Is Drinking Alcohol Safe? Heavy Use Could Lead To Cancer

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"Alcohol use - whether light, moderate, or heavy - is linked with increasing the risk of several leading cancers, including those of the breast, colon, esophagus, and head and neck", ASCO said in a statement issued Tuesday, following publication of new materials addressing public opinion on the risks associated with drinking. Research highlighted by the National Cancer Institute suggests that the more alcohol you drink - particularly the more you drink regularly - the higher your risk of developing cancer.

Yet few adults, when asked, identify alcohol consumption as a risk factor for cancer, even though the vast majority were familiar with other cancer risk factors, like smoking and sun exposure, a recent ASCO survey of 4,016 adults found.

The organization also wants to end the "pinkwashing" of alcoholic beverages.

In a phone interview, Gapstur stressed that people living with cancer remain at risk for other cancers so it's important that they realize alcohol's role in cancer recurrence, too. While it is okay to drink occasionally (read rarely), you shouldn't be making a habit out of it.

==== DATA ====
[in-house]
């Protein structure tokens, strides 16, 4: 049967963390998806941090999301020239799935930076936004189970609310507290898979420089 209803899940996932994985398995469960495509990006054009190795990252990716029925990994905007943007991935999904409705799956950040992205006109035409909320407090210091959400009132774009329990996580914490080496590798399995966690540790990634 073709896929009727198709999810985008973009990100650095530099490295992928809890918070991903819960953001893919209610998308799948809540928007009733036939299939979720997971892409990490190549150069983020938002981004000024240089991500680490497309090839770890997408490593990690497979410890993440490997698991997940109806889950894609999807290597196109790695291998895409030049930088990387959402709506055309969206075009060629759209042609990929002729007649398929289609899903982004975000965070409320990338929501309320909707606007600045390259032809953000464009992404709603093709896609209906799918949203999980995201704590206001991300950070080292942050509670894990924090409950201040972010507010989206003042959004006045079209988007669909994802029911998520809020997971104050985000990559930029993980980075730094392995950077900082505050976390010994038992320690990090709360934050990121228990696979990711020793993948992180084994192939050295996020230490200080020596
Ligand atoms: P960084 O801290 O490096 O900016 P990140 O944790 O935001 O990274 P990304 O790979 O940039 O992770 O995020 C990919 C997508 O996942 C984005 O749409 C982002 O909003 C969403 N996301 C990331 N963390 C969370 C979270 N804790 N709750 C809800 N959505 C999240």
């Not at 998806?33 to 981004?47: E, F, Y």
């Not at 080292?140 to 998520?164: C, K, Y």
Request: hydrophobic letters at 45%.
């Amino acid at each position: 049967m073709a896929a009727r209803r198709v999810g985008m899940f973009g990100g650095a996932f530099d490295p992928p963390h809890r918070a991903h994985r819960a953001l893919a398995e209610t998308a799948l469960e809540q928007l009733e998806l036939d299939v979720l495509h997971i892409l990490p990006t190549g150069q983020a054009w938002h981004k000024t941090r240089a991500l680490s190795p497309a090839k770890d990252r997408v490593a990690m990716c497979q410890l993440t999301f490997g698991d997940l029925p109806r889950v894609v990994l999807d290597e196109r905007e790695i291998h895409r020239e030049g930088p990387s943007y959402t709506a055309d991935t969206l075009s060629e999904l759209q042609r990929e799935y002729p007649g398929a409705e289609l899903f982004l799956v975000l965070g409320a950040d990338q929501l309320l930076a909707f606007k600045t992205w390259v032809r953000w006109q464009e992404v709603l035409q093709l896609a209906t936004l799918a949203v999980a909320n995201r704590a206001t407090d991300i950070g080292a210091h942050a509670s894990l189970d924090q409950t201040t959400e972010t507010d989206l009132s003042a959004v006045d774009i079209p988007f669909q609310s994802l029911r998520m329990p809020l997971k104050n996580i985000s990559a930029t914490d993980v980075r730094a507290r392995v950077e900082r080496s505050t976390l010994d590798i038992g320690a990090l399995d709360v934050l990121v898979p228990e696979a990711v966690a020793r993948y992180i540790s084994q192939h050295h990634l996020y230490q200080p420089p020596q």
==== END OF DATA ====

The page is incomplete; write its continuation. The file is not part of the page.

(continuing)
Liver cancer is caused by cirrhosis, which is in turn caused by drinking. Approximately 3.5 percent of all cancer deaths in the US, that is about 19,500 deaths are alcohol related, according to the US Centers for Disease Control and Prevention.

ABC News' chief medical correspondent, Dr. Jennifer Ashton, said that alcohol has been a known human carcinogen, or known to cause cancer, for a long time within the medical community.

The ASCO defines heavy drinking as "eight or more drinks per week or three or more drinks per day for women, and as many as fifteen or more drinks per week or four or more drinks per day for men". Dr. Bruce Johnson, president of the ASCO, an organization of cancer doctors, said in a statement that People habitually do not relate to drinking, wine and hard liquor with rising risk of developing cancer in their lifespan. She's an associate professor of medicine at the University of Wisconsin.

Since then, she said, more and more evidence has accumulated tying alcohol to a broader group of cancers, including colorectal cancer and, in women, breast cancer.

"Life as an oncologist is all about teaching people about moderation", she said.

Even those who drink moderately, defined by the Centers for Disease Control as one daily drink for women and two for men, face almost a doubling of the risk for mouth and throat cancer and more than double the risk of squamous cell carcinoma of the esophagus, compared to nondrinkers.

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